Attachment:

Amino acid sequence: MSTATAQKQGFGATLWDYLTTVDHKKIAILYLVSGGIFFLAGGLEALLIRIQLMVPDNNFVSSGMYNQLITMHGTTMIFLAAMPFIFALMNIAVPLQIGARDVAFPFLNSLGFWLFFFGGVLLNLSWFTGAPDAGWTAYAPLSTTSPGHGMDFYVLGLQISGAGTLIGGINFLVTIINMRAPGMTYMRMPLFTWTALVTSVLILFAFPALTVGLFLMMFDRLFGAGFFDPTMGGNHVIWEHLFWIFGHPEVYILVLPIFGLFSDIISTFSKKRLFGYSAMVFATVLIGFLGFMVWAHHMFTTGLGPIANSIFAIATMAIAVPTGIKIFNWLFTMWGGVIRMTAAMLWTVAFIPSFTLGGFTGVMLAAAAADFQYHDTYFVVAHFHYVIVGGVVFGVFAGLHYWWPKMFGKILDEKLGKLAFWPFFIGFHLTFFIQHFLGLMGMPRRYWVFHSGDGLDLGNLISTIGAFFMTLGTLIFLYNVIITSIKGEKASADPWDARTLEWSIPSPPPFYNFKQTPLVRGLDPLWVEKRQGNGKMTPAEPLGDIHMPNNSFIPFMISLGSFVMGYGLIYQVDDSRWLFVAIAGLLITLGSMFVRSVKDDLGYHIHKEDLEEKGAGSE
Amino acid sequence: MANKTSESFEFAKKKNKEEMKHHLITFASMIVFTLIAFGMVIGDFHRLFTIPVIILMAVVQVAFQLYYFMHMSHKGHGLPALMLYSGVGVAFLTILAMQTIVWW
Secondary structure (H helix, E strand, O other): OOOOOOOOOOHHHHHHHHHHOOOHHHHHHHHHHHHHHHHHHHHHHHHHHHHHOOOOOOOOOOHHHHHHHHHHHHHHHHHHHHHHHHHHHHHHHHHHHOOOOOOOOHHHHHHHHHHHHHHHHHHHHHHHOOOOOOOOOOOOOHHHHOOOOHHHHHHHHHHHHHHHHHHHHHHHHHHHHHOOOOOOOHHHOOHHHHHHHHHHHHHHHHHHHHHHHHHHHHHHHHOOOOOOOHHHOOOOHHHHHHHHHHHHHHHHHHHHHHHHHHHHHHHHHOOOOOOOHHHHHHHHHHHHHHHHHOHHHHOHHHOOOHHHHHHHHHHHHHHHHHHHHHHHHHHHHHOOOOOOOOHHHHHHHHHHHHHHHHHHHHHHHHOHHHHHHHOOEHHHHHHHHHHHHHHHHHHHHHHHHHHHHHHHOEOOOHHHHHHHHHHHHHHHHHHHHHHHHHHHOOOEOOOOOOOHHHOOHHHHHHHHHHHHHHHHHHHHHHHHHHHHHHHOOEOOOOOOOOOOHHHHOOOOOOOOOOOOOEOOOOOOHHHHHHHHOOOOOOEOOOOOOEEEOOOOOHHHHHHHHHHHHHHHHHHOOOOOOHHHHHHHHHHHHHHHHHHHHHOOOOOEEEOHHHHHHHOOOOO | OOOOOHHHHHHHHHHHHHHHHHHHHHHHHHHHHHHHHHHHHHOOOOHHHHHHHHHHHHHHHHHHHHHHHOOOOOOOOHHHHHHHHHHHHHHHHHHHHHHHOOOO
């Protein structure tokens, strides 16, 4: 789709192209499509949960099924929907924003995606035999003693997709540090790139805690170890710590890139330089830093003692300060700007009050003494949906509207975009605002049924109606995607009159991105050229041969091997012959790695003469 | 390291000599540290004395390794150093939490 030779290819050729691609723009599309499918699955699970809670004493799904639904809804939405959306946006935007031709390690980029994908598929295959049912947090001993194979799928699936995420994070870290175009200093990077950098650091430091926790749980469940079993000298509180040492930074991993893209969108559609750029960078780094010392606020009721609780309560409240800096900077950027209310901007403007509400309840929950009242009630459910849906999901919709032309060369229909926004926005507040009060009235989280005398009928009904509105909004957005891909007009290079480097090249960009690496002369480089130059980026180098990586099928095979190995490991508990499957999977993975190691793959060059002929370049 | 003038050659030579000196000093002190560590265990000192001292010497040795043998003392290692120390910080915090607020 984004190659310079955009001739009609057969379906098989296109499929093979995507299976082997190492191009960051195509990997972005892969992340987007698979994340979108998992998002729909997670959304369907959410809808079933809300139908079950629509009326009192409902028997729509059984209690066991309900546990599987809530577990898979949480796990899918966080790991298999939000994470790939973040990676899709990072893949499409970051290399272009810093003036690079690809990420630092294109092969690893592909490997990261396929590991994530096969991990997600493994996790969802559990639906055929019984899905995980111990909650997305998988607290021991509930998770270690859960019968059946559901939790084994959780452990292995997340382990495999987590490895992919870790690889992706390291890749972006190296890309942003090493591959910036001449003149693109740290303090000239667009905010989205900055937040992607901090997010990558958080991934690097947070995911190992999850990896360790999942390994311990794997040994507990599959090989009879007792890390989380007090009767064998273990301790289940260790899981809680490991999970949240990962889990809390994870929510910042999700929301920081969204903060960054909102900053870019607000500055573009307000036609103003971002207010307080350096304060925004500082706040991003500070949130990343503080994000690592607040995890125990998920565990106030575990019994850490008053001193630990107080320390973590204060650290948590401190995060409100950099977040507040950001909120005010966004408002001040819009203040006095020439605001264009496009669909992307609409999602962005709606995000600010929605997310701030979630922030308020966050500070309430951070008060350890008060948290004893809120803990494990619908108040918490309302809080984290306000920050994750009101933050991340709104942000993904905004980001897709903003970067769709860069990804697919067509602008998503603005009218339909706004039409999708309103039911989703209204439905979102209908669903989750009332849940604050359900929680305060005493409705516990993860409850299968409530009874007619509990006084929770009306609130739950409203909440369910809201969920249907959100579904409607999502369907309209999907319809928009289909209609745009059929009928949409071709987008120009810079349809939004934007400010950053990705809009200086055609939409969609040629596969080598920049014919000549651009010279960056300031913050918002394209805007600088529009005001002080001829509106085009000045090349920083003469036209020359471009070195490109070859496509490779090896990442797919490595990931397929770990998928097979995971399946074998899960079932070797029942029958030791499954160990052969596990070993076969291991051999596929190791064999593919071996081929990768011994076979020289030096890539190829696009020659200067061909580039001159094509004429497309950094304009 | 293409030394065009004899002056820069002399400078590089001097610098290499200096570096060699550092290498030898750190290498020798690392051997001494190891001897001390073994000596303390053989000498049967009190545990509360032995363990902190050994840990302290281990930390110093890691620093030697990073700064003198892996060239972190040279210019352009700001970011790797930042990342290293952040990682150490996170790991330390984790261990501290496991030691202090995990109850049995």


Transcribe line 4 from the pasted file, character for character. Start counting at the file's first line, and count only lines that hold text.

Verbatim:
């Protein structure tokens, strides 16, 4: 789709192209499509949960099924929907924003995606035999003693997709540090790139805690170890710590890139330089830093003692300060700007009050003494949906509207975009605002049924109606995607009159991105050229041969091997012959790695003469 | 390291000599540290004395390794150093939490 030779290819050729691609723009599309499918699955699970809670004493799904639904809804939405959306946006935007031709390690980029994908598929295959049912947090001993194979799928699936995420994070870290175009200093990077950098650091430091926790749980469940079993000298509180040492930074991993893209969108559609750029960078780094010392606020009721609780309560409240800096900077950027209310901007403007509400309840929950009242009630459910849906999901919709032309060369229909926004926005507040009060009235989280005398009928009904509105909004957005891909007009290079480097090249960009690496002369480089130059980026180098990586099928095979190995490991508990499957999977993975190691793959060059002929370049 | 003038050659030579000196000093002190560590265990000192001292010497040795043998003392290692120390910080915090607020 984004190659310079955009001739009609057969379906098989296109499929093979995507299976082997190492191009960051195509990997972005892969992340987007698979994340979108998992998002729909997670959304369907959410809808079933809300139908079950629509009326009192409902028997729509059984209690066991309900546990599987809530577990898979949480796990899918966080790991298999939000994470790939973040990676899709990072893949499409970051290399272009810093003036690079690809990420630092294109092969690893592909490997990261396929590991994530096969991990997600493994996790969802559990639906055929019984899905995980111990909650997305998988607290021991509930998770270690859960019968059946559901939790084994959780452990292995997340382990495999987590490895992919870790690889992706390291890749972006190296890309942003090493591959910036001449003149693109740290303090000239667009905010989205900055937040992607901090997010990558958080991934690097947070995911190992999850990896360790999942390994311990794997040994507990599959090989009879007792890390989380007090009767064998273990301790289940260790899981809680490991999970949240990962889990809390994870929510910042999700929301920081969204903060960054909102900053870019607000500055573009307000036609103003971002207010307080350096304060925004500082706040991003500070949130990343503080994000690592607040995890125990998920565990106030575990019994850490008053001193630990107080320390973590204060650290948590401190995060409100950099977040507040950001909120005010966004408002001040819009203040006095020439605001264009496009669909992307609409999602962005709606995000600010929605997310701030979630922030308020966050500070309430951070008060350890008060948290004893809120803990494990619908108040918490309302809080984290306000920050994750009101933050991340709104942000993904905004980001897709903003970067769709860069990804697919067509602008998503603005009218339909706004039409999708309103039911989703209204439905979102209908669903989750009332849940604050359900929680305060005493409705516990993860409850299968409530009874007619509990006084929770009306609130739950409203909440369910809201969920249907959100579904409607999502369907309209999907319809928009289909209609745009059929009928949409071709987008120009810079349809939004934007400010950053990705809009200086055609939409969609040629596969080598920049014919000549651009010279960056300031913050918002394209805007600088529009005001002080001829509106085009000045090349920083003469036209020359471009070195490109070859496509490779090896990442797919490595990931397929770990998928097979995971399946074998899960079932070797029942029958030791499954160990052969596990070993076969291991051999596929190791064999593919071996081929990768011994076979020289030096890539190829696009020659200067061909580039001159094509004429497309950094304009 | 293409030394065009004899002056820069002399400078590089001097610098290499200096570096060699550092290498030898750190290498020798690392051997001494190891001897001390073994000596303390053989000498049967009190545990509360032995363990902190050994840990302290281990930390110093890691620093030697990073700064003198892996060239972190040279210019352009700001970011790797930042990342290293952040990682150490996170790991330390984790261990501290496991030691202090995990109850049995």